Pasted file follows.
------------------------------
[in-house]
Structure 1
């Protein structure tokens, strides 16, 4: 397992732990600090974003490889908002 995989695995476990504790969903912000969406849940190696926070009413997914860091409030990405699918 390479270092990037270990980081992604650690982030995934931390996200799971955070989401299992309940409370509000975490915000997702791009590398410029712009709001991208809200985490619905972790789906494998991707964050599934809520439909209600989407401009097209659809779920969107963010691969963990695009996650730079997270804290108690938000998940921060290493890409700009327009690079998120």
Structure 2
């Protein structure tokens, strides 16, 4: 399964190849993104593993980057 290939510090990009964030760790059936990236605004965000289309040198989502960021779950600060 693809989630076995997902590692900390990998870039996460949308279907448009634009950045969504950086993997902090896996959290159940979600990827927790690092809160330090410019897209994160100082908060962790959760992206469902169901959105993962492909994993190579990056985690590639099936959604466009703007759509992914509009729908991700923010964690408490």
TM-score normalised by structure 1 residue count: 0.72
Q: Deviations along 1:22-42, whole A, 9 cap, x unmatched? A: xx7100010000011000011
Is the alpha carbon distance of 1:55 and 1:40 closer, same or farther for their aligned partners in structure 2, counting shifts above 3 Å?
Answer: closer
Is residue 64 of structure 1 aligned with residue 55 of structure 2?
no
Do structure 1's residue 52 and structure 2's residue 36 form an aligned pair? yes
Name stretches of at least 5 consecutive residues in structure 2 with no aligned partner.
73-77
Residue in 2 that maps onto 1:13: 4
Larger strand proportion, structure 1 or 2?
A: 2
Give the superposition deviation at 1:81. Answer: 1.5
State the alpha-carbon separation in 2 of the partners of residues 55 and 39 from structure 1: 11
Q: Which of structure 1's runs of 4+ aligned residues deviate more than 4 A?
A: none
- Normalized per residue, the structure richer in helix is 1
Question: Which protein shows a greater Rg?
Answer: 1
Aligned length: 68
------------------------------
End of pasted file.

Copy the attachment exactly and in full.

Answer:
[in-house]
Structure 1
């Protein structure tokens, strides 16, 4: 397992732990600090974003490889908002 995989695995476990504790969903912000969406849940190696926070009413997914860091409030990405699918 390479270092990037270990980081992604650690982030995934931390996200799971955070989401299992309940409370509000975490915000997702791009590398410029712009709001991208809200985490619905972790789906494998991707964050599934809520439909209600989407401009097209659809779920969107963010691969963990695009996650730079997270804290108690938000998940921060290493890409700009327009690079998120």
Structure 2
């Protein structure tokens, strides 16, 4: 399964190849993104593993980057 290939510090990009964030760790059936990236605004965000289309040198989502960021779950600060 693809989630076995997902590692900390990998870039996460949308279907448009634009950045969504950086993997902090896996959290159940979600990827927790690092809160330090410019897209994160100082908060962790959760992206469902169901959105993962492909994993190579990056985690590639099936959604466009703007759509992914509009729908991700923010964690408490």
TM-score normalised by structure 1 residue count: 0.72
Q: Deviations along 1:22-42, whole A, 9 cap, x unmatched? A: xx7100010000011000011
Is the alpha carbon distance of 1:55 and 1:40 closer, same or farther for their aligned partners in structure 2, counting shifts above 3 Å?
Answer: closer
Is residue 64 of structure 1 aligned with residue 55 of structure 2?
no
Do structure 1's residue 52 and structure 2's residue 36 form an aligned pair? yes
Name stretches of at least 5 consecutive residues in structure 2 with no aligned partner.
73-77
Residue in 2 that maps onto 1:13: 4
Larger strand proportion, structure 1 or 2?
A: 2
Give the superposition deviation at 1:81. Answer: 1.5
State the alpha-carbon separation in 2 of the partners of residues 55 and 39 from structure 1: 11
Q: Which of structure 1's runs of 4+ aligned residues deviate more than 4 A?
A: none
- Normalized per residue, the structure richer in helix is 1
Question: Which protein shows a greater Rg?
Answer: 1
Aligned length: 68